• Goya-Canino et al.17: 382 patients who were followed up through appointments at the cervical pathology clinic of the Mother-Child University Hospital of Canary, Spain. Among these, 305 underwent loopconization to treat high-grade intraepithelial squamous lesion (cancer cases had been excluded), and all of them underwent cyto-colposcopic follow-up. Four patients had residual disease among 44 with positive margins, while one had residual disease among 261 with negative margins.

The following studies contributed towards risk estimation after two years:

• Gardeil et al.18: 583 patients who had been referred from other hospitals, family doctors and family planning units, to Coombe Women's Hospital in Dublin, Ireland. We only took into consideration the data on 225 patients who had a histopathological diagnosis of HSIL (NIC III) and had undergone LLETZ (large-loop excision of the transformation zone) by means of a diathermal loop of depths ranging from 10 mm to 20 mm. There was no information on how many patients underwent conization and how many underwent only excision of the transformation zone. The follow-up was cyto-colposcopic. There was a loss of 42 patients. Out of the remaining 183 patients, four had residual disease among 84 with positive margins, while no patient had residual disease among 99 with negative margins.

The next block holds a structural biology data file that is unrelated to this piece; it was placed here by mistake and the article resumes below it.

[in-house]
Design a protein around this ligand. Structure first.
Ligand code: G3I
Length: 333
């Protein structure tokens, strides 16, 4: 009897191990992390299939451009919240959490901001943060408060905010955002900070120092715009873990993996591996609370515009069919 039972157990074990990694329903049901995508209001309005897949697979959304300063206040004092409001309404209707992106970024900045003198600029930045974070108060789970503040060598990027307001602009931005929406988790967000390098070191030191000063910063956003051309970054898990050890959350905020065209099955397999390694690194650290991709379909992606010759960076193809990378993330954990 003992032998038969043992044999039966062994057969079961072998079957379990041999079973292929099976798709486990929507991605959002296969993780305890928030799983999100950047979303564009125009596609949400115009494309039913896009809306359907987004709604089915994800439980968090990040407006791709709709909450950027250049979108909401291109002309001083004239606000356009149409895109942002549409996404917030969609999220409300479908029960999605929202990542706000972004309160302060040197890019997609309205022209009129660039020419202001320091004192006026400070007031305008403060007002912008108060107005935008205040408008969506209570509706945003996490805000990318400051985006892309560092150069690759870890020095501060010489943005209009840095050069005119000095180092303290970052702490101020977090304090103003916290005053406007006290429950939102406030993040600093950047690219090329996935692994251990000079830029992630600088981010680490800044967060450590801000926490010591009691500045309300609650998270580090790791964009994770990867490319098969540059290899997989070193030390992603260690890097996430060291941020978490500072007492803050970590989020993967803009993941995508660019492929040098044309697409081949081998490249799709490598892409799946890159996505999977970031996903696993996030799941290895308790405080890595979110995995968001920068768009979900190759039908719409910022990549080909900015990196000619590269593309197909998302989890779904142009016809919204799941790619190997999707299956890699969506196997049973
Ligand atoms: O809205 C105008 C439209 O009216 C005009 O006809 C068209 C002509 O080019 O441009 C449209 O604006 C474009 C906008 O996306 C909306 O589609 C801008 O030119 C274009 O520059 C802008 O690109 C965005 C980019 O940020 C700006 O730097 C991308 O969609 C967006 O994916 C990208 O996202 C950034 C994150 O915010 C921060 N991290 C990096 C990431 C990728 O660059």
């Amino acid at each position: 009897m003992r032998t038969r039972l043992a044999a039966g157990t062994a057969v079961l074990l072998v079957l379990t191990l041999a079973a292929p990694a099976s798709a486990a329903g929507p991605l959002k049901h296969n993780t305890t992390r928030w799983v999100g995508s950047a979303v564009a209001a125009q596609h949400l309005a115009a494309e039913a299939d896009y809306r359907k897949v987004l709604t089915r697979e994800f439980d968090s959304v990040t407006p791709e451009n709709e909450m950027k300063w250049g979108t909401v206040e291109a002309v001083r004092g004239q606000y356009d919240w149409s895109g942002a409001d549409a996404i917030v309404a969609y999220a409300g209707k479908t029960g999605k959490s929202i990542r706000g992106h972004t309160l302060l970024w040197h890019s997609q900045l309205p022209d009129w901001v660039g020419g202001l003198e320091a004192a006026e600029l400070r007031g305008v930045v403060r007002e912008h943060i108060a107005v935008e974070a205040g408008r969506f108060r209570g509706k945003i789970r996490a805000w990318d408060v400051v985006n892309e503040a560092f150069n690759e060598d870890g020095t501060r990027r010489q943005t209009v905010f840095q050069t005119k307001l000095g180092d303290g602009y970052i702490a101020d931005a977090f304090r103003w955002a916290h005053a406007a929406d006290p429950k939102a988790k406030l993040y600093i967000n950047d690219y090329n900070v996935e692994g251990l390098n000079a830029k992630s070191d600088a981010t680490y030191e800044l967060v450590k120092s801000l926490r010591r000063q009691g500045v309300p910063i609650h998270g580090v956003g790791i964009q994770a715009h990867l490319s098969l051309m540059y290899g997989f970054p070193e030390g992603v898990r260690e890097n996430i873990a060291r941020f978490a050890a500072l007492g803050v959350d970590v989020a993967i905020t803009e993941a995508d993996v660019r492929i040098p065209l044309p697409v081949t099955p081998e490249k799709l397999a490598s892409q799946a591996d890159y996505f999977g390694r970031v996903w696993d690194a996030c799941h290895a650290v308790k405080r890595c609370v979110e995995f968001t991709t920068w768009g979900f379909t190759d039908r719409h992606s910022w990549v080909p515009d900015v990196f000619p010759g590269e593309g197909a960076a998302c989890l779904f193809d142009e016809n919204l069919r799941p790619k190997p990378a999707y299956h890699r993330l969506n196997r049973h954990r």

• Verguts et al.19: 72 women with high-grade intraepithelial squamous lesions who were treated by means of LLETZ in the Department of Gynecology of Gasthuisberg University Hospital in Leuven, Belgium, with cyto-colposcopic follow-up. Two patients had residual disease among 14 with positive margins, while four had residual disease among 58 with negative margins.